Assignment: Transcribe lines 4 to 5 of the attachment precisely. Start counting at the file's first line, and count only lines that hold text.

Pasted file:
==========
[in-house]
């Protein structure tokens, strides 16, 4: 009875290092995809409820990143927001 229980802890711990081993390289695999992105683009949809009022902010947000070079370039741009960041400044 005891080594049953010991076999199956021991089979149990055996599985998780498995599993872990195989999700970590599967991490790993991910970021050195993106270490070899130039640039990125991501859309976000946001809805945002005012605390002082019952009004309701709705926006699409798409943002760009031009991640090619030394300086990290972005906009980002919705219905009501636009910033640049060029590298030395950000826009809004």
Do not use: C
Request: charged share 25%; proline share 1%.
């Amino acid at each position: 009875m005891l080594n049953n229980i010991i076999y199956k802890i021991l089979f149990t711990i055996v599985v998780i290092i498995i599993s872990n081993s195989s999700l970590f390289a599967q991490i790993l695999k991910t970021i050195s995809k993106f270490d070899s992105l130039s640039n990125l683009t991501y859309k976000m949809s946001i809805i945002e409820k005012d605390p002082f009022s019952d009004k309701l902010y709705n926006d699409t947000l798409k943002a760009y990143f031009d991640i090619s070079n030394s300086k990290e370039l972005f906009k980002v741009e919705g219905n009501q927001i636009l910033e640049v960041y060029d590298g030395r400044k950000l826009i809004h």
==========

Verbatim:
Request: charged share 25%; proline share 1%.
């Amino acid at each position: 009875m005891l080594n049953n229980i010991i076999y199956k802890i021991l089979f149990t711990i055996v599985v998780i290092i498995i599993s872990n081993s195989s999700l970590f390289a599967q991490i790993l695999k991910t970021i050195s995809k993106f270490d070899s992105l130039s640039n990125l683009t991501y859309k976000m949809s946001i809805i945002e409820k005012d605390p002082f009022s019952d009004k309701l902010y709705n926006d699409t947000l798409k943002a760009y990143f031009d991640i090619s070079n030394s300086k990290e370039l972005f906009k980002v741009e919705g219905n009501q927001i636009l910033e640049v960041y060029d590298g030395r400044k950000l826009i809004h």